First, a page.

What if TV producers actually talked to real historians?





Last week, Intellectual Affairs gave the recent cable TV miniseries “Sex: The Revolution” a nod of recognition, however qualified, for its possible educational value. The idea that sex has a history is not, as such, self-evident. The series covers the changes in attitudes and norms between roughly 1950 and 1990 through interviews and archival footage. Most of this flies past at a breakneck speed, alas. The past becomes a hostage of the audience’s presumably diminished attention span.

Then again, why be ungrateful? Watching the series, I kept thinking of a friend who teaches history at Sisyphus University, a not-very-distinguished institution in the American heartland. For every student in his classroom who seems promising, there are dozens who barely qualify as sentient. (It sounds like Professor X, whose article “In the Basement of the Ivory Tower” appears in the latest issue of The Atlantic, teaches in the English department there.) Anything, absolutely anything, that might help stimulate curiosity about the past would be a godsend for the history faculty at Sisyphus U.

With that consideration in mind, you tend to watch “Sex: The Revolution” with a certain indulgence — as entertainment with benefits, so to speak. Unfortunately, the makers stopped short. They neglected to interview scholars who might have provided more insight than a viewer might glean from soundbites by demi-celebrities. ...

A belief that people in the old days must have been repressed is taken for granted. Was this a good thing or not? Phyllis Schlafly and reasonable people may disagree; but the idea itself is common coin of public discourse.

But suppose a television network made a different sort of program — one incorporating parts of what one might learn from reading the scholarship on the history of sex. What sense of the past might then emerge?

We might as well start with the Puritans. Everybody knows how up-tight they were — hostile to sex, scared of it, prone to thinking of it as one of the Devil’s wiles. The very word “Puritan” now suggests an inability to regard pleasure as a good thing.

A case in point being Michael Wigglesworth — early Harvard graduate, Puritan cleric, and author of the first American best-seller, The Day of Doom (1642), an exciting poem about the apocalypse. Reverend Wigglesworth found the laughter of children to be unbearable. He said it made him think of the agonies of the damned in hell.You can just imagine how he would respond to the sound of moaning. Somehow it is not altogether surprising to learn that the Rev’s journal contains encrypted entries mentioning the “filthy lust” he felt while tutoring male students.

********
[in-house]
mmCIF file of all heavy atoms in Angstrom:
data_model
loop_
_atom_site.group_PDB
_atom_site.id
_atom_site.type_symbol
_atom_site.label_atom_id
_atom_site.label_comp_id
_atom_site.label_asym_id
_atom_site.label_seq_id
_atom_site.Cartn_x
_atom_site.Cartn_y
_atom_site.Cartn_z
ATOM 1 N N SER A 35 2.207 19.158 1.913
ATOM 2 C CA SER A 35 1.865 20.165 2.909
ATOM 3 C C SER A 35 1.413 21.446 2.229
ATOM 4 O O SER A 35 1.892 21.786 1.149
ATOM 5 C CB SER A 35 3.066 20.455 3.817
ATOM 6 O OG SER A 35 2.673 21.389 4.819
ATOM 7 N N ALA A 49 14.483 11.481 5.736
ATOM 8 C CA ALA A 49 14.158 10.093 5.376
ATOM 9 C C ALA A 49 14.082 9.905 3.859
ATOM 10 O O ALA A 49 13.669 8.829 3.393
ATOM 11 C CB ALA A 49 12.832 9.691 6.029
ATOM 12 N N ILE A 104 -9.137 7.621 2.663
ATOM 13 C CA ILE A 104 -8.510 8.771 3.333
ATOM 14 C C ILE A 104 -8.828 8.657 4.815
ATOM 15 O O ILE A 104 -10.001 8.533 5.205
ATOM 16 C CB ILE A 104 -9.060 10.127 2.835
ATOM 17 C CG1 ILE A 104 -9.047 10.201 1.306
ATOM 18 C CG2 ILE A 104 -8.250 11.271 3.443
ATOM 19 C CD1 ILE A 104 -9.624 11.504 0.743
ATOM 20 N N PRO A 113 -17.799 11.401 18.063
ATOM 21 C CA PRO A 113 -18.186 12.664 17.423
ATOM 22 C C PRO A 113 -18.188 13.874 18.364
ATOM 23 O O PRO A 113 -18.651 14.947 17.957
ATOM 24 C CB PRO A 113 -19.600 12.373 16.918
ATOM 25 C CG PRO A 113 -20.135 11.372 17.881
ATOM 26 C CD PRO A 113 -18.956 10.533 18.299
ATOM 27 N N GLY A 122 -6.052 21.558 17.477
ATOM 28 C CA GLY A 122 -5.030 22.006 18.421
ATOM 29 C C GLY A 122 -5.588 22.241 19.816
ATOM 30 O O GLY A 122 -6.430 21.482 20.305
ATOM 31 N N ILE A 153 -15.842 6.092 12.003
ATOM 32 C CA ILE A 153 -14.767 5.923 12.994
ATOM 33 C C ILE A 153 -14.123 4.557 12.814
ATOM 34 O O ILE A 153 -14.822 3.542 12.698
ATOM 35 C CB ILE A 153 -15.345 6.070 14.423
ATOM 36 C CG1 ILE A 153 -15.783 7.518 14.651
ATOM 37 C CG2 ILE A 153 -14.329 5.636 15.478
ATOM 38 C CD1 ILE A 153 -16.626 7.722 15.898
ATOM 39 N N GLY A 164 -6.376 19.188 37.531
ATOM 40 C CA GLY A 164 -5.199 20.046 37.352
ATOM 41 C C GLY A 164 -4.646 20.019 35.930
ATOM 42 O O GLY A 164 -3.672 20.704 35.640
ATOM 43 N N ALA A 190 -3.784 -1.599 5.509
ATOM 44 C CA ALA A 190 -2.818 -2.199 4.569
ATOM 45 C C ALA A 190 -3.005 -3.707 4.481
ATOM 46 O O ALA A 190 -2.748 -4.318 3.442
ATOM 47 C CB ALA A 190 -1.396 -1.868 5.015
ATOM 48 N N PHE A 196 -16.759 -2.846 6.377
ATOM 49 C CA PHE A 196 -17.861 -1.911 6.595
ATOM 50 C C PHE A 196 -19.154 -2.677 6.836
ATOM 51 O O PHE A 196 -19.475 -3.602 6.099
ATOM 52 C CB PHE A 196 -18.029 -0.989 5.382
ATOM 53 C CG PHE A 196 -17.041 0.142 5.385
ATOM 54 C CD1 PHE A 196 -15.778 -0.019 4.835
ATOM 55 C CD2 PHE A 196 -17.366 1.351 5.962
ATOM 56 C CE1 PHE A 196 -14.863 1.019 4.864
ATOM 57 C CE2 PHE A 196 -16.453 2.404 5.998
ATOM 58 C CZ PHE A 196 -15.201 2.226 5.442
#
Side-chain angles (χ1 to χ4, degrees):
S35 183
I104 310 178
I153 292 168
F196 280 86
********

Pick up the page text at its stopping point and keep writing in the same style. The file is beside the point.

In short, a typical Puritan — right? Well, not according to Edmund Morgan, the prominent early-Americanist, whose many contributions to scholarship over the years included cracking the Wigglesworth code. (He is now professor emeritus of history at Yale.)

Far from being typical, Wigglesworth, it seems, was pretty high-strung even by the standards of the day. In a classic paper called “The Puritans and Sex,” published in 1942, Morgan assessed the evidence about how ordinary believers regarded the libido in early New England. He found that, clichés notwithstanding, the Puritans tended to be rather matter-of-fact about it.

Sermons and casual references in letters and diaries reveal that the Puritans took sexual pleasure for granted and even celebrated it — so long, at least, as it was enjoyed within holy wedlock. Of course, the early colonies attracted many people of both sexes who were either too young to marry or in such tight economic circumstances that it was not practical. This naturally meant a fair bit of random carrying on, even in those un-Craigslist-ed days. All such activity was displeasing unto the Lord, not to mention His earthly enforcers; but the court records show none of the squeamishness about that one might expect, given the Puritans’ reputation. Transgressions were punished, but the hungers of the flesh were taken for granted....


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